Plant more ackee – Linstead ackee fest gets big endorsement from gov’t

The agriculture ministry has commended residents of Linstead, St Catherine, for hosting the ackee festival a fifteenth time, adding that more people should plant ackee, which has been doing increasingly well on the export market.

“The ackee of course has always been a star not only in the Linstead Market song, but it is the leader among non-traditional exports,” said Delroy Coley, Senior Director at the Strategic Planning Division in the Ministry of Industry, Commerce, Agriculture and Fisheries.

He further told patrons at the festival: “The estimates are that ackee exports will rise to some US$29.25 million by 2020 – by next year that is, having reached exports in 2017 of US$21 million, compared to US$4.4 million in 2000 when we just started exporting to the US market.”

The event, hosted by the Linstead Development Area Committee, took place at Dinthill Technical High School yesterday, October 21. Even a brief rainfall could not dampen the spirits of the people who attended.

A number of vendors and small companies cashed in on the opportunity – selling an array of food items.

One company, Sha-Diamond Pastries and Smoothies, created what it advertised as the new ackee smoothie. It sold a 12-ounce cup for $600; the 16-ounce cup was being sold for $700.

Chefs from another company, Rowena-Rene, cooked up a storm on stage, showing ways in which the ackee can be prepared for consumption.

Norma Riley, a vendor from Ewarton in St Catherine, told The Beacon that she likes ackee especially with corned pork as well as salt fist.

She has been attending the festival since its inception. “It kinda alright this year,” she said, noting that the event is important because it helps to highlight the island’s cultural heritage.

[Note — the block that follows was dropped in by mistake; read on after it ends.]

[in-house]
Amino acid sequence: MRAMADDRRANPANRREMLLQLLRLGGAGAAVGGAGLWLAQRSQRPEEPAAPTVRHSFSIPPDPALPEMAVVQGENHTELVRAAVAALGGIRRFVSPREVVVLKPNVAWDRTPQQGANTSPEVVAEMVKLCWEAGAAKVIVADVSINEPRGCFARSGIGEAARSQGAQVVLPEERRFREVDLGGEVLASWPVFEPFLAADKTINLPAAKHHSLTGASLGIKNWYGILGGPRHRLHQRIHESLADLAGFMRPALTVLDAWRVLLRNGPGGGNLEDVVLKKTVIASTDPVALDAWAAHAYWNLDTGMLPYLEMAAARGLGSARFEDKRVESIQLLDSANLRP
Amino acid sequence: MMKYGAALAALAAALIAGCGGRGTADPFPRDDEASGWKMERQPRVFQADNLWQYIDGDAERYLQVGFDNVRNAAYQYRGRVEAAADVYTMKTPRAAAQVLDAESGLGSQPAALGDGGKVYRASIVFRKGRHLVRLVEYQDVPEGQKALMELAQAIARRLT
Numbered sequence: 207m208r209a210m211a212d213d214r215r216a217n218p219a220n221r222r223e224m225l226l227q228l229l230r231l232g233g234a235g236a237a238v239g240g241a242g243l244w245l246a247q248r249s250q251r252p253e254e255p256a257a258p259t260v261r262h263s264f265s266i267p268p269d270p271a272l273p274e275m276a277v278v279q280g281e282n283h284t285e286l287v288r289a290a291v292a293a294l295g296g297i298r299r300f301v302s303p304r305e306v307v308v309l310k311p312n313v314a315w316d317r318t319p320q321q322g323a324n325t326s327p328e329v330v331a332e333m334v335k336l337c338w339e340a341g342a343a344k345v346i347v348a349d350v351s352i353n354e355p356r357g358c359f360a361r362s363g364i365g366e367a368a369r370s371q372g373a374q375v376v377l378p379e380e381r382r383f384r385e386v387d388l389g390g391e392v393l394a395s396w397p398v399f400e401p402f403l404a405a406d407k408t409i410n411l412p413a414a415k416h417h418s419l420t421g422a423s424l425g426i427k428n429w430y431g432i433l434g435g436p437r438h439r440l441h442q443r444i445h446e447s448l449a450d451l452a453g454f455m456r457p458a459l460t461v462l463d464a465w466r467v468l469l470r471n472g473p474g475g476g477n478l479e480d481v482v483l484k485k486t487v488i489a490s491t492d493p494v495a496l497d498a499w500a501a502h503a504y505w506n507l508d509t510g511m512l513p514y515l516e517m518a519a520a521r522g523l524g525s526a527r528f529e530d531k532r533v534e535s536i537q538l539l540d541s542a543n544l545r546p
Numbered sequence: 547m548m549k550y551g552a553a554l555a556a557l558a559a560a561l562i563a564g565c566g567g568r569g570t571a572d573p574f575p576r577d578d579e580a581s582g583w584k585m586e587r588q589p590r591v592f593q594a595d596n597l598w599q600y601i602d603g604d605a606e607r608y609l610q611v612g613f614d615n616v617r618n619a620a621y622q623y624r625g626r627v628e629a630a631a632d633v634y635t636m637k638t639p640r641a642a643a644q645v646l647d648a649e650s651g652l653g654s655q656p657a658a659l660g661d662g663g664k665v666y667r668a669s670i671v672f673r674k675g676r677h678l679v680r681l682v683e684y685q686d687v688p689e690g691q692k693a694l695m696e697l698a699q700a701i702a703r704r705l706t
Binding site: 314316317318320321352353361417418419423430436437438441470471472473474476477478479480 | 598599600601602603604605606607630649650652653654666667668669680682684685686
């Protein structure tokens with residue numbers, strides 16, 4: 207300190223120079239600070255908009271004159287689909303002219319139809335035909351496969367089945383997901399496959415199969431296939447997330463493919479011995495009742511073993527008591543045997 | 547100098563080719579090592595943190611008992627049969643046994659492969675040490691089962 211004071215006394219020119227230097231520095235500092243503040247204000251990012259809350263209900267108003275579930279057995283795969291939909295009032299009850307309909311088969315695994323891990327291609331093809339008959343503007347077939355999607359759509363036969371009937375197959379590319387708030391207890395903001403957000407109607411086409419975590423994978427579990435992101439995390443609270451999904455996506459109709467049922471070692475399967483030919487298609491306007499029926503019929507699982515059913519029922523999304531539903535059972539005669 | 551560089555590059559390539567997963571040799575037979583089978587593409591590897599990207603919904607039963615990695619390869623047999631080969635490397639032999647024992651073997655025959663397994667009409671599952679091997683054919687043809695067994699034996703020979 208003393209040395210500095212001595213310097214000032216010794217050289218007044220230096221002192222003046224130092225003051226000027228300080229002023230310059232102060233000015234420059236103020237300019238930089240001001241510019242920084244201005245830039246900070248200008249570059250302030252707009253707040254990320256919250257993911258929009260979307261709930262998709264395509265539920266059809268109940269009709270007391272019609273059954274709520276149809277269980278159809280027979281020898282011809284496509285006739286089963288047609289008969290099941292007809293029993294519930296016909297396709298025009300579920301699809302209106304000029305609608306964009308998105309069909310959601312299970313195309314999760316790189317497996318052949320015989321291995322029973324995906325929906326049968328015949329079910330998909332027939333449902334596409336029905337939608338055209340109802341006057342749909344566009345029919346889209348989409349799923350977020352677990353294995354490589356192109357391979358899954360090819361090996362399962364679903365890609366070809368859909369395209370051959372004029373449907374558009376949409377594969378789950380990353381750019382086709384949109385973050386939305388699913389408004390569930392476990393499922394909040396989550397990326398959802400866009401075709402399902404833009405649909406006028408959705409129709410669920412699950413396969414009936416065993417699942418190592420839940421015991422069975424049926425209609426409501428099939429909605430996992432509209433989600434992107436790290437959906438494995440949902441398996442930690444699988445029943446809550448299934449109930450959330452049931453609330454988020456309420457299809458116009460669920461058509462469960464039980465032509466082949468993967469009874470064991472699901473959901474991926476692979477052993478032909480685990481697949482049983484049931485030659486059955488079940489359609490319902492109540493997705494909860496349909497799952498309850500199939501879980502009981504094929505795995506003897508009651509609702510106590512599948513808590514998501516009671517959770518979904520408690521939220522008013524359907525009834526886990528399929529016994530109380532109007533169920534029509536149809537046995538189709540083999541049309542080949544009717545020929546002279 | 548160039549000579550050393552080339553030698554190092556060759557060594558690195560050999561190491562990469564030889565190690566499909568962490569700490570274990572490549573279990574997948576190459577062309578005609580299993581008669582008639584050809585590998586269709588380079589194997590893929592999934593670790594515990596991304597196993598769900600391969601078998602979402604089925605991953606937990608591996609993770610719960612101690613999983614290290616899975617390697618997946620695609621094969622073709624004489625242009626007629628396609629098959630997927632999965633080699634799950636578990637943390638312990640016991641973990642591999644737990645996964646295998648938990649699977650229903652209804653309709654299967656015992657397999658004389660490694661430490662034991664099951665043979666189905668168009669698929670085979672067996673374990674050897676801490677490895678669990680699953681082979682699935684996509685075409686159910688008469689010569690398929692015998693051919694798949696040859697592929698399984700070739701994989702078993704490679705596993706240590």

Avis Harvey brought out the meaning of cultural heritage more than anyone else at the festival. She spent the day showcasing a variety of artifacts, including a lantern, enamel cups, a coal stove, and coconut brushes.

Harvey said she has been gathering the items especially over the last three years, thinking that she has a duty to teach young people about the dying aspects of the country’s cultural heritage.

The agriculture ministry, in the meantime, underscored the importance of using the event – Jamaica Linstead Ackee and Jerk Cultural Festival – to showcase aspects of Jamaica’s culinary heritage.

Coley, who officially opened the festival on behalf of his minister, Audley Shaw, noted: “It is significant that this [Linstead] community, already known for its cultural heritage, is providing a real opportunity to showcase Jamaica’s culinary heritage, and the ministry applaud you for that.”

The festival ended with a nocturnal stage show featuring several artistes, especially from Linstead.

Coordinator of the event, Stacy Ann Anderson-Wilson, paused publicly to honour one organizer – Lloyd Earskin, who has given more than 10 years of dedicated service to hosting of the festival.

“I am very happy for the turnout. It might not have been the largest, but I must say that the Linstead community has kept up their appreciation for this festival,” Anderson-Wilson told The Beacon.

She appealed for residents to join the Linstead Development Area Committee, and for current members to show greater interest especially in the ackee festival.

“I will continue to be a part of this festival through its ups and its downs,” Anderson-Wilson added while expressing gratitude to all sponsors.

“It is a very good initiative and we will continue to ask for stronger support to keep this event alive.”


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